Poor Health

Stiff Competition

Lombar's dilemma is shared by millions of America's entrepreneurs, who are wrestling with one of the tightest job markets in years and double-digit annual health-care cost increases this year.

Finding and keeping good employees these days means offering plenty of competitive benefits, something small employers historically haven't had to do. "Most small businesses I represent feel helpless," observes Keith Rosenbaum, an attorney specializing in health care at Berger, Kahn, Shafton, Moss, Figler, Simon & Gladstone in Irvine, California. "They see the health-care benefit as required because they can't attract good workers without it. It's like high-tech companies not offering stock options. The health benefit has become just as important in attracting a talent pool."

The pressure for small employers to offer health-care benefits is increasing. An emerging trend as the labor market continues to tighten: Low-wage hourly workers, the largest group of uninsured, are now being offered health-care benefits by employers ranging from day-care providers to restaurant owners.

Nearly everyone wants and expects health-care benefits today, says Randy Myer, who teaches entrepreneurial policy at New York City's Pace University. "Unlike other benefits, [health insurance] is attractive to many workers because it crosses the age and gender spectrums."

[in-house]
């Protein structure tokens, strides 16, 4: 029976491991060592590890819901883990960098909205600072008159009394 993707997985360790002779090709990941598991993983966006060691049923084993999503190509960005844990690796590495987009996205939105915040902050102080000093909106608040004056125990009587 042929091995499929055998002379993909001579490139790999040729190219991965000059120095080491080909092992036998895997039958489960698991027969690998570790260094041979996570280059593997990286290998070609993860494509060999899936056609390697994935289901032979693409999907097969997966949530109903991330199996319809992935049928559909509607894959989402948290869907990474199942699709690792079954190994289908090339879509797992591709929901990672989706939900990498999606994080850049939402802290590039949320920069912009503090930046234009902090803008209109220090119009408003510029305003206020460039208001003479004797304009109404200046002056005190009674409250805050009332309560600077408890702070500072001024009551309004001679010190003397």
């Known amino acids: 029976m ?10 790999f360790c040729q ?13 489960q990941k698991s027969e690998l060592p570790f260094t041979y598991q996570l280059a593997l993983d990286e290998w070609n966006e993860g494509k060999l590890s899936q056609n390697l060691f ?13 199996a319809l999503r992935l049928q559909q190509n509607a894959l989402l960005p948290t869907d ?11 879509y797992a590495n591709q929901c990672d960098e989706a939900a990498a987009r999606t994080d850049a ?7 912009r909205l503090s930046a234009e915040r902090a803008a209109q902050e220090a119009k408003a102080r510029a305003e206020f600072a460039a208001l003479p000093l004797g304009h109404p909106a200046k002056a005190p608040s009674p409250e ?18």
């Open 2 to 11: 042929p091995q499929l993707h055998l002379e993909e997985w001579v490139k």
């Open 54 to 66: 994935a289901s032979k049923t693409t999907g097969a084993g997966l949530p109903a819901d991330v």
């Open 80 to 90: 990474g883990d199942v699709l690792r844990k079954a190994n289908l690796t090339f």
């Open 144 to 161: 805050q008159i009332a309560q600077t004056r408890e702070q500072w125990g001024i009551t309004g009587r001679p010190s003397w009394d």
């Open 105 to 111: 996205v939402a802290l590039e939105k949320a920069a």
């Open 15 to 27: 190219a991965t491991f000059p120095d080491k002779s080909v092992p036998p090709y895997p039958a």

Myer, 52, who founded and still owns shares in Norwalk, Connecticut-based Best Friends Pet Care, a national pet-care company, offered health-care coverage to his hourly workers to reduce turnover and to help in recruiting. It worked. "Many employees said they stayed with us because of the health-care coverage," he says.

If you're forced to shift a greater portion of the premium costs to your employees, it's better to offer some coverage than no coverage, say experts. "Even if employees have to pay a large portion of the premium, it will still be cheaper for them than individual coverage," advises Don Gasparro, managing director of Apex Management Group, a health-care consulting firm in Princeton, New Jersey.

But merely offering a health-care plan may not be enough in today's especially competitive job market. "Your plan has to be competitive with other employers, even much larger ones," Gasparro adds. "You have to see what kind of provider network is around your office and your employees' homes so your people can use it." Matching your particular employees' specific needs with a plan's benefits will save you time and money and also help your employees get the most out of a plan.

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This article was originally published in the April 2000 print edition of Entrepreneur with the headline: Poor Health.

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